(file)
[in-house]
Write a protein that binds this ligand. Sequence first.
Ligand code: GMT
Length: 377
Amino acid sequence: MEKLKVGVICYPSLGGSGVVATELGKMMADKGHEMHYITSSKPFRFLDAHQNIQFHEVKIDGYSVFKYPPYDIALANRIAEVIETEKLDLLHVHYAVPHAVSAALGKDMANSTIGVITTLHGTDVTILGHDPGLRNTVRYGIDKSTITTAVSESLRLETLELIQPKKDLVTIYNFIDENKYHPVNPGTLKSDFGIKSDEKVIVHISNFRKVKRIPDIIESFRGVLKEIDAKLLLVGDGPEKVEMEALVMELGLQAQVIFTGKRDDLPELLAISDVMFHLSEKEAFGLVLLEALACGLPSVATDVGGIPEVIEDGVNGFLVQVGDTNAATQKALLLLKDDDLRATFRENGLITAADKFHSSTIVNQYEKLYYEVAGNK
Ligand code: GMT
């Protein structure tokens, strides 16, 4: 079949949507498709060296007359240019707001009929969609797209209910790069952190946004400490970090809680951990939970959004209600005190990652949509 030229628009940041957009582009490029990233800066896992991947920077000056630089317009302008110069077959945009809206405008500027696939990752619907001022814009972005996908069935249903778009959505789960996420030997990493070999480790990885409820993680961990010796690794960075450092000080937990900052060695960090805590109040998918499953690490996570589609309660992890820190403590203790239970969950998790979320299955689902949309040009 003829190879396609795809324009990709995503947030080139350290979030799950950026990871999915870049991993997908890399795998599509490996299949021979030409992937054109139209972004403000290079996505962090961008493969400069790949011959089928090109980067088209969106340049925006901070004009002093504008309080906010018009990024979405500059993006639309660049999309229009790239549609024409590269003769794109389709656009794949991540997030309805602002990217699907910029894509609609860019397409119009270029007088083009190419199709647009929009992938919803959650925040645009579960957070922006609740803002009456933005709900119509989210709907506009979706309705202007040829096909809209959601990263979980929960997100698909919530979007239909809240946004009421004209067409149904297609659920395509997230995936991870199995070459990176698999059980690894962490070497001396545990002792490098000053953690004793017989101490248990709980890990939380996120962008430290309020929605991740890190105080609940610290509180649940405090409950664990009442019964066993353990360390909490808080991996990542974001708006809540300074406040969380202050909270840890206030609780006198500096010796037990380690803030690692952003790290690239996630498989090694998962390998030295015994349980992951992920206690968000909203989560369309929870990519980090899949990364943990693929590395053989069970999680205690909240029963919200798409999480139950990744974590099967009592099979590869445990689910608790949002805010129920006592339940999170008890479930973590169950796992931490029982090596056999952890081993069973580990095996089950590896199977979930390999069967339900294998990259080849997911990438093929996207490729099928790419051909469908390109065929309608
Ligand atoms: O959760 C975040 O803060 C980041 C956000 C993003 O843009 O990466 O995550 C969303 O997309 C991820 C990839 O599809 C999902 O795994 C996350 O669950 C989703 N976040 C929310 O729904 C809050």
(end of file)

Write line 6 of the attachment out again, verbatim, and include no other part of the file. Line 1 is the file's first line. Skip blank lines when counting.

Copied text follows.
Ligand code: GMT